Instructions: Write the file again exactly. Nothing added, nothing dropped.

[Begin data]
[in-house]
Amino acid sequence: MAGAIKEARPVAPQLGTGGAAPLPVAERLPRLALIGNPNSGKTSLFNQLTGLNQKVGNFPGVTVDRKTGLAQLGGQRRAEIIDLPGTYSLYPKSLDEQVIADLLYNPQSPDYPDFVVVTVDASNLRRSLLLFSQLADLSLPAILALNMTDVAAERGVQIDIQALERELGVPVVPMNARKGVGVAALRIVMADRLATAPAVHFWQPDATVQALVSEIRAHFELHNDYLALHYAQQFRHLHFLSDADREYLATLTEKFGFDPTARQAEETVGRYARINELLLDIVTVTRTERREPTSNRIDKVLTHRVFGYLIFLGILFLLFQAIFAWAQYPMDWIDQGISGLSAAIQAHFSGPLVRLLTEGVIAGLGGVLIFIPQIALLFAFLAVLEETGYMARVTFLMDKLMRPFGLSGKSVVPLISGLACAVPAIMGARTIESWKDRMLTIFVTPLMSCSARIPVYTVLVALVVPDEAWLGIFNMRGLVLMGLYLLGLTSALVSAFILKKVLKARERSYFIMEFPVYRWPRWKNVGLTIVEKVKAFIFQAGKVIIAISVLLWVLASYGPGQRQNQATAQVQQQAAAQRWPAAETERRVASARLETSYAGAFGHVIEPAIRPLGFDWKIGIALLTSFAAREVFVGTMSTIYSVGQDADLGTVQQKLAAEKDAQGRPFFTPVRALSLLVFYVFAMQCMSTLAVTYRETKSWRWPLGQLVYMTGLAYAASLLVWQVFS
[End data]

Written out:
[in-house]
Amino acid sequence: MAGAIKEARPVAPQLGTGGAAPLPVAERLPRLALIGNPNSGKTSLFNQLTGLNQKVGNFPGVTVDRKTGLAQLGGQRRAEIIDLPGTYSLYPKSLDEQVIADLLYNPQSPDYPDFVVVTVDASNLRRSLLLFSQLADLSLPAILALNMTDVAAERGVQIDIQALERELGVPVVPMNARKGVGVAALRIVMADRLATAPAVHFWQPDATVQALVSEIRAHFELHNDYLALHYAQQFRHLHFLSDADREYLATLTEKFGFDPTARQAEETVGRYARINELLLDIVTVTRTERREPTSNRIDKVLTHRVFGYLIFLGILFLLFQAIFAWAQYPMDWIDQGISGLSAAIQAHFSGPLVRLLTEGVIAGLGGVLIFIPQIALLFAFLAVLEETGYMARVTFLMDKLMRPFGLSGKSVVPLISGLACAVPAIMGARTIESWKDRMLTIFVTPLMSCSARIPVYTVLVALVVPDEAWLGIFNMRGLVLMGLYLLGLTSALVSAFILKKVLKARERSYFIMEFPVYRWPRWKNVGLTIVEKVKAFIFQAGKVIIAISVLLWVLASYGPGQRQNQATAQVQQQAAAQRWPAAETERRVASARLETSYAGAFGHVIEPAIRPLGFDWKIGIALLTSFAAREVFVGTMSTIYSVGQDADLGTVQQKLAAEKDAQGRPFFTPVRALSLLVFYVFAMQCMSTLAVTYRETKSWRWPLGQLVYMTGLAYAASLLVWQVFS